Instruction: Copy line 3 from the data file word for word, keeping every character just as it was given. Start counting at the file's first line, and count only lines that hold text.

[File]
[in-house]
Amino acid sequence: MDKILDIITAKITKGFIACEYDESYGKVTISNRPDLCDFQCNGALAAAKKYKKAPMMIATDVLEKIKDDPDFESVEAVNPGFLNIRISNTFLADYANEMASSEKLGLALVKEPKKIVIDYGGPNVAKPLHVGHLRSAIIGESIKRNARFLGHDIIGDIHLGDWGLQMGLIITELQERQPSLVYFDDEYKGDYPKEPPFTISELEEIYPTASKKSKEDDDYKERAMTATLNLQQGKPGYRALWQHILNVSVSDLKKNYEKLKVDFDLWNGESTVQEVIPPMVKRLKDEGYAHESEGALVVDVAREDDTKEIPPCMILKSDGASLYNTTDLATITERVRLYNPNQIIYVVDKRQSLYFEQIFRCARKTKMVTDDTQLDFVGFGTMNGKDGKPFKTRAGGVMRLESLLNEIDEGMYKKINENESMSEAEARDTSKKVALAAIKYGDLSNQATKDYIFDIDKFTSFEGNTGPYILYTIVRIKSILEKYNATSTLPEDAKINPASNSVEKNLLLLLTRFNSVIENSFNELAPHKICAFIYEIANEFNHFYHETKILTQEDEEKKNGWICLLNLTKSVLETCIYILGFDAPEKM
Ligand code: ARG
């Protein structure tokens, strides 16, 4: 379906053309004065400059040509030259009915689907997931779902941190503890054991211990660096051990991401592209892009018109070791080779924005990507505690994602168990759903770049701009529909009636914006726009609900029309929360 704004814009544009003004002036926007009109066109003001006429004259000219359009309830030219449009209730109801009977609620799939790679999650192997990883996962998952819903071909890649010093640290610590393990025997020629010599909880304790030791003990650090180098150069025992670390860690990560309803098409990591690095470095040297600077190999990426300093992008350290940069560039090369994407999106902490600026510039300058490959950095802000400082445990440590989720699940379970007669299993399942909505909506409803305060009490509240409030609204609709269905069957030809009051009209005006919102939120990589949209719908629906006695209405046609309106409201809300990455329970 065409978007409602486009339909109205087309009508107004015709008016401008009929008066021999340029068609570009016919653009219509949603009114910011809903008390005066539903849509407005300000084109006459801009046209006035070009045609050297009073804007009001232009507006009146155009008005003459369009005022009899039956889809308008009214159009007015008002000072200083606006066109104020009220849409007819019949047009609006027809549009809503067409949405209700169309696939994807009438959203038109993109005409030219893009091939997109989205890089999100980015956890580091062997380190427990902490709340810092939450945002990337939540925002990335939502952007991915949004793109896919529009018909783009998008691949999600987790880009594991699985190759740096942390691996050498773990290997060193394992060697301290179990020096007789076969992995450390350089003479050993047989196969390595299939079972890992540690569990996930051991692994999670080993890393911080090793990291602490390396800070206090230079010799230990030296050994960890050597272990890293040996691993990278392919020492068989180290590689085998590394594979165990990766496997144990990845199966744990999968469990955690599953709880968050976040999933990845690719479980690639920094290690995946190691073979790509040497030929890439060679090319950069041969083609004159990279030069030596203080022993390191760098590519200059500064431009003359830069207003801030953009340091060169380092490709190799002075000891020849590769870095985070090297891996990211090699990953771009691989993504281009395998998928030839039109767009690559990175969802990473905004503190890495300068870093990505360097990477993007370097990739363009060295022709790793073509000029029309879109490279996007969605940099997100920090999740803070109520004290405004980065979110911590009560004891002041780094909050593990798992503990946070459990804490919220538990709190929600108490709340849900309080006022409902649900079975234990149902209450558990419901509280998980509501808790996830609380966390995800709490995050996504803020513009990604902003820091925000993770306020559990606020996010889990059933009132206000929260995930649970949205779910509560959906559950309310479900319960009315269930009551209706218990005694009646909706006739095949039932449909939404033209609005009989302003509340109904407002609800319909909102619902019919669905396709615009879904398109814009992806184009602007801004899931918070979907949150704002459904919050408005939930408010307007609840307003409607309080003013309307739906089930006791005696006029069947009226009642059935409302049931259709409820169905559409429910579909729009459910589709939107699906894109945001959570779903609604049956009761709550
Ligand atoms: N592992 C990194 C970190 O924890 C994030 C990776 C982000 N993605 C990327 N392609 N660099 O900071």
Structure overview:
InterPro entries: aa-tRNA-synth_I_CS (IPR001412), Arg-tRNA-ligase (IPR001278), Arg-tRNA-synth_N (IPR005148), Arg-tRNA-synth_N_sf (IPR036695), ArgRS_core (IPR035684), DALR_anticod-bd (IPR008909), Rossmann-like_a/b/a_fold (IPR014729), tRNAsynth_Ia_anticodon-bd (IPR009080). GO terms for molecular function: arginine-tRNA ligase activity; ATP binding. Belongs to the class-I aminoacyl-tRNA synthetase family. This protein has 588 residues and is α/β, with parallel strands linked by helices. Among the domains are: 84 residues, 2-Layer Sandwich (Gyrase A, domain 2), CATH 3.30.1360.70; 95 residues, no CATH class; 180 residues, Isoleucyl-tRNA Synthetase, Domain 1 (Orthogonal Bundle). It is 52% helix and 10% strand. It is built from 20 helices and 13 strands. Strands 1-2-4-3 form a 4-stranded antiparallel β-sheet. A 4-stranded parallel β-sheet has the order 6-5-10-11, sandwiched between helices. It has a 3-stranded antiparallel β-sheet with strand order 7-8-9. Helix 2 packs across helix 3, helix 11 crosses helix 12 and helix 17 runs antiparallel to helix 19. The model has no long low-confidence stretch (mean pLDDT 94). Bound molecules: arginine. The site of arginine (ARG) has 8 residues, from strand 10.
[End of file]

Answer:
Ligand code: ARG